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I've been working on a node that can take in data from a laser rangefinder (LIDAR Lite) mounted on a gimbal, using an encoder to measure the direction that the rangefinder is pointing. There is some uncertainty about the step angle between measurements, so using the sensor_msgs/LaserScan message type is not appropriate.

I have successfully used the sensor_msgs/PointCloud message type to produce a point cloud & display in RVIZ. I'm now finding that this message type is not compatible with mapping or conversion to LaserScans for SLAM. I would like to convert my current node to use the PointCloud2 message type. I know that there is a convertPointCloudToPointCloud2 function, but I would like to format my data correctly rather than pass it through a conversion if possible. How do I use the PointCloud2 message type to publish what effectively is an array of XYZ points?

Many Thanks,


Originally posted by ben.gill on ROS Answers with karma: 21 on 2015-10-26

Post score: 2

Original comments

Comment by gvdhoorn on 2015-10-26:
Ok, so what is your actual issue / question here?

Comment by dornhege on 2015-10-27:
What do you mean by "using natively"? Do you just want your node to send out PointCloud2 directly without conversion nodes or do you really want to fill a PointCloud2 by hand without other code doing that for you? There is code that allows you to basically just fill a point vector and publish that.

Comment by ben.gill on 2015-10-27:
By natively, I do mean fill out the PointCloud2 manually. I currently have a sensor passing in a range and direction, and would like to publish to a PointCloud2 in order to use the sensor as input for mapping or SLAM.

Comment by dornhege on 2015-10-27:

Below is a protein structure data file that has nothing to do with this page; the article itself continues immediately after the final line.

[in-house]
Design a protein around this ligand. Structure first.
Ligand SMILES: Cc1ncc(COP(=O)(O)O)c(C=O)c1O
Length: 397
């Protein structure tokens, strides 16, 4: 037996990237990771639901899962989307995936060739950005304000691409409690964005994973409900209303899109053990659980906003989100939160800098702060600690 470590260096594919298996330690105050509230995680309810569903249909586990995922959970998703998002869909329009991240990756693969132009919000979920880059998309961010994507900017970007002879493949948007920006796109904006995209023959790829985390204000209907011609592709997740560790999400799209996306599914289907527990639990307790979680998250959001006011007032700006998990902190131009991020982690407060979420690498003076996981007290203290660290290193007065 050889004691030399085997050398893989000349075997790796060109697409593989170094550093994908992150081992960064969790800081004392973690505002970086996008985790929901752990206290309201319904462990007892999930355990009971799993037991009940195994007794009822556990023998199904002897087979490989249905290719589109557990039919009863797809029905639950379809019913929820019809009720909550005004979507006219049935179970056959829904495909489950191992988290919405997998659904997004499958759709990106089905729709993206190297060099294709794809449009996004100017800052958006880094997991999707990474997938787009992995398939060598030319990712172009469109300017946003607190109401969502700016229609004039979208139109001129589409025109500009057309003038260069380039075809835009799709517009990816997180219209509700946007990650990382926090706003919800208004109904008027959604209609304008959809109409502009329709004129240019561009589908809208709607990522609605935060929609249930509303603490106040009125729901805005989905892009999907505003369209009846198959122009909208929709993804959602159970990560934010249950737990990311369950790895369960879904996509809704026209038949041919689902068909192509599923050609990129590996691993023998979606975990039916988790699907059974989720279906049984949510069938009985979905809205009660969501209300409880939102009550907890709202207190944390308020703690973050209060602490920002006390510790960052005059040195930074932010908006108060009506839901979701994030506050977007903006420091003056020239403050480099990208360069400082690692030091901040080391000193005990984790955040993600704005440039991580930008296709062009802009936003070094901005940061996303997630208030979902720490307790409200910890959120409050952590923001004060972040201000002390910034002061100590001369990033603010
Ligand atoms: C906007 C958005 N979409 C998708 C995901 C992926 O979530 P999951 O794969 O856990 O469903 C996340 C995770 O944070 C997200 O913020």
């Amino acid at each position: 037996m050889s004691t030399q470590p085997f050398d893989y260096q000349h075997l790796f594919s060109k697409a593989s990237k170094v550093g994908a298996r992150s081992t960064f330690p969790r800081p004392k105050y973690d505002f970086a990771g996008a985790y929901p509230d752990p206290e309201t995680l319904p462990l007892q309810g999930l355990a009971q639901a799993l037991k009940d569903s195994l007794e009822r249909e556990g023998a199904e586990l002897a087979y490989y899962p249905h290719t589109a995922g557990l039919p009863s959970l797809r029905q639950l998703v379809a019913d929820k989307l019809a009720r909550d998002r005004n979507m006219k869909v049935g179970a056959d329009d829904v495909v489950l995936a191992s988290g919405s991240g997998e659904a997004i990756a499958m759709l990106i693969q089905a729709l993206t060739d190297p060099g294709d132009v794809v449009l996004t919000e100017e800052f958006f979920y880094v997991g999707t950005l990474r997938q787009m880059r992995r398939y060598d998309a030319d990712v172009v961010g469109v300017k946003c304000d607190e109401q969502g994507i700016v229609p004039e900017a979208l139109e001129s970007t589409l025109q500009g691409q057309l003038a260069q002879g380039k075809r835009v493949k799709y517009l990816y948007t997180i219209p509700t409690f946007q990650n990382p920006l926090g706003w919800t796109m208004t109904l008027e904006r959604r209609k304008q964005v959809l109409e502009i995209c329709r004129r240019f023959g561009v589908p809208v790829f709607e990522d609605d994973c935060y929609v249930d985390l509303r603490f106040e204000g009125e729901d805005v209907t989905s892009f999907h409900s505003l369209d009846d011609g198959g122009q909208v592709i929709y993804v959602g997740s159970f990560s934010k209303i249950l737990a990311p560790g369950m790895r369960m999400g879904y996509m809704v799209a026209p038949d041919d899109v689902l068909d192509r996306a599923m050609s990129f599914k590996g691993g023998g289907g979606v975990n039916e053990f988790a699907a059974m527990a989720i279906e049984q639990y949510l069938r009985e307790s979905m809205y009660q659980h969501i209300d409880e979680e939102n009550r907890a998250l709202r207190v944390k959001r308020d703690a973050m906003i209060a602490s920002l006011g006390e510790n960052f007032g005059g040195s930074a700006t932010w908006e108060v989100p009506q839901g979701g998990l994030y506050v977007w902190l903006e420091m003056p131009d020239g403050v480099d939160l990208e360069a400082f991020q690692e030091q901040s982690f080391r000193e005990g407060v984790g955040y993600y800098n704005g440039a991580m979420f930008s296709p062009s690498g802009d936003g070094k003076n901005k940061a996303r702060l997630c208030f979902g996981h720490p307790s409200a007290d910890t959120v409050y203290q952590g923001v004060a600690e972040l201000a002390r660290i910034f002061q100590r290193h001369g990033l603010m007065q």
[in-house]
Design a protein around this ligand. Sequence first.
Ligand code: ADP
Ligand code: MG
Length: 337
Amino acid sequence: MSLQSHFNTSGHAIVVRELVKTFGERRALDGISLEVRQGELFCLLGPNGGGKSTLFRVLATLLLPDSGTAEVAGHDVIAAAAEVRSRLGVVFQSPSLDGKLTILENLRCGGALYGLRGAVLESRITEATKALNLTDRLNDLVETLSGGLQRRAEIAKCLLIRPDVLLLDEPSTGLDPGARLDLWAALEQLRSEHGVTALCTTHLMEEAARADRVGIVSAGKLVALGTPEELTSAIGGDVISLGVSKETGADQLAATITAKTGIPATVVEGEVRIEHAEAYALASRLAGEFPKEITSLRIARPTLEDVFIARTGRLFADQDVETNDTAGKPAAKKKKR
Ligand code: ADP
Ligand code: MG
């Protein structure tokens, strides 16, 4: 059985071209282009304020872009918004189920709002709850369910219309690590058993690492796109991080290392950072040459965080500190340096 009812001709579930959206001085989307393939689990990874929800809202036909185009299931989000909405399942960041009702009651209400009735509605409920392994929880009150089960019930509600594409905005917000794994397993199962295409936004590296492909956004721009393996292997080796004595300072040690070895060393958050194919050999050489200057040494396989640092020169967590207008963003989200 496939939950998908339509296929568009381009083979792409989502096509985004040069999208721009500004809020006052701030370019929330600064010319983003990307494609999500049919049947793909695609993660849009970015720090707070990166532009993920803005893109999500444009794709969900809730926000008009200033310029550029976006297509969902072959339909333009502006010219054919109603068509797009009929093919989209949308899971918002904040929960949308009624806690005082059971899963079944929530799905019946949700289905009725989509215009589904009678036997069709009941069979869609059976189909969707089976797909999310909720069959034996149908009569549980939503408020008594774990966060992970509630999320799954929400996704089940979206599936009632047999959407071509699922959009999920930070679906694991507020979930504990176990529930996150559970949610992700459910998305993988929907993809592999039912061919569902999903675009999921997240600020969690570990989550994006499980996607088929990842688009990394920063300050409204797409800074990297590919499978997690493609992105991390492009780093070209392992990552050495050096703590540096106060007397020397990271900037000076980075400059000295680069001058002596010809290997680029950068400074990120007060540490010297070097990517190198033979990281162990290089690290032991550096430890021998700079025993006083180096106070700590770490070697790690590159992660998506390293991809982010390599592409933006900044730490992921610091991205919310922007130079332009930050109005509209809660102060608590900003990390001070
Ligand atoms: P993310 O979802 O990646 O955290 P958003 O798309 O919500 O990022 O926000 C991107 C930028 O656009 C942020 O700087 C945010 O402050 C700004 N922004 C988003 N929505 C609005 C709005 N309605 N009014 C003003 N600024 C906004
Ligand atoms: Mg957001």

In that case, just use pcl_ros. You can conveniently put your points in a pcl PointCloud (not PointCloud2) and publish that as a PointCloud2.

Comment by Dimitri Schachmann on 2015-10-27:
that is a good idea


2 Answers 2


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Are you asking how to construct a sensor_msgs::PointCloud2 message from scratch? If this is the case: you construct it like any other ros message by first looking up the structure and documentation of that message in the .msg file.

Depending on the ros implementation you are using, most probably roscpp or rospy, you then need to construct an initialize its members. In c++ something like the following and in python also not too different.

#include <sensor_msgs/PointCloud2.h>


sensor_msgs::PointCloud2 msg; // construct message
msg.header = laserMsg.header; // perhaps something different, but often this is what you want
msg.height = 1; // or whatever you need
msg.widht  = 10000; // or whatever your width is
msg.fields = ... // this is more complicated but just is just more of the same
// and so on

Admittedly the sensor_msgs::PointCloud2 message is one of the more complicated messages you may use (at least for me that's true). You need to read the .msg file very carefully, which should be enough to build your own message. It could help to inspect existing PointCloud2 messages that you know to be correct and/or look into the implementation of convertPointCloudToPointCloud2 .

Please note the most important part to understand about the message: in the PointField[] fields you define the format in which your points are stored in the uint8[] data member.

I just realized myself, that PointCloud2 allows for a lot of flexibility, because of PointField[] fields, so I'm not sure what needs to be done to not break interoperability with other code. I'd assume that many nodes expect you define at least "x", "y" and "z" fields.

Edit answering the comment From what I read in the documentation